STEVE NORRIS

Norris

After the lovely Labor Day weekend, there will be a slight chance of an afternoon thundershower by the middle of the week because of the heat and increasing humidity.  

A slight cooling to the low to mid 80s is expected after Sept. 7 and rain chances increase after Sept. 10 to about 40 percent.

Sunrise is now 6:14 a.m. With sunset at 7:15 p.m., you can sure notice the days are getting shorter. We are only a little over three weeks away from the beginning of autumn.

Did you know that all heat lightning is actually lightning from a thunderstorm somewhere? Back before radar folks would be sitting out in the evening on a hot night and they would see lightning flashing in the sky and they would think “well there’s no clouds so I guess it is heat lightning.”

When you see it this summer there is a thunderstorm somewhere. Lightning can be seen from a storm 100 miles away on a clear summer night. The old tale that a hot, humid summer night can generate lightning without a thunderstorm, called “heat lightning,” is exactly that — a meteorological myth. Heat lightning is just normal lightning from a thunderstorm too far away for the sounds of thunder to be transmitted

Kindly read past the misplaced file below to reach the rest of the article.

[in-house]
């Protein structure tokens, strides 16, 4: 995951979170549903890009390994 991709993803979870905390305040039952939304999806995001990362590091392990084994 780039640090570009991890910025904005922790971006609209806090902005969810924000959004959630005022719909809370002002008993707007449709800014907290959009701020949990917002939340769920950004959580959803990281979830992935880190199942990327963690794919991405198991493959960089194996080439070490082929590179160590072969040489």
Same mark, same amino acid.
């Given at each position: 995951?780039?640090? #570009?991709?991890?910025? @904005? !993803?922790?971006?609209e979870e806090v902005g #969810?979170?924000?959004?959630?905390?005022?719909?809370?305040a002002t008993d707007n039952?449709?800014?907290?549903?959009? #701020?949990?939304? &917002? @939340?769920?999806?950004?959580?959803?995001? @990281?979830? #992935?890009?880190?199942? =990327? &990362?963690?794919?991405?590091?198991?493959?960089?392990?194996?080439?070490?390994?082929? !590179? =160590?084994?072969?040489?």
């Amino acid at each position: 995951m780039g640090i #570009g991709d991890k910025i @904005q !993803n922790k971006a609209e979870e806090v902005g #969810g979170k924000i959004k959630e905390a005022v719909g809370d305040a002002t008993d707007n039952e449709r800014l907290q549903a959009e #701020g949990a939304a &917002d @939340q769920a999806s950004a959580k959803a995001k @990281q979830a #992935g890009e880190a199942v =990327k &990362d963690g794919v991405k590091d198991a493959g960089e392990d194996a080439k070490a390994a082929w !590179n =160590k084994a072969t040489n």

Jupiter continues to be the bright planet shining down in the south- south western sky after sunset.

Next week I will be telling you how August finished compared to normal and talk about the extremes we have seen in September over the years. Here is a preview: we have seen everything from 100 degrees to frost during the month.

Steve Norris is certified by the National Weather Association and provides information to Emergency Management Agencies in many counties in Tennessee. You may contact him at weather1@charter.net with questions or suggest topics for his column.

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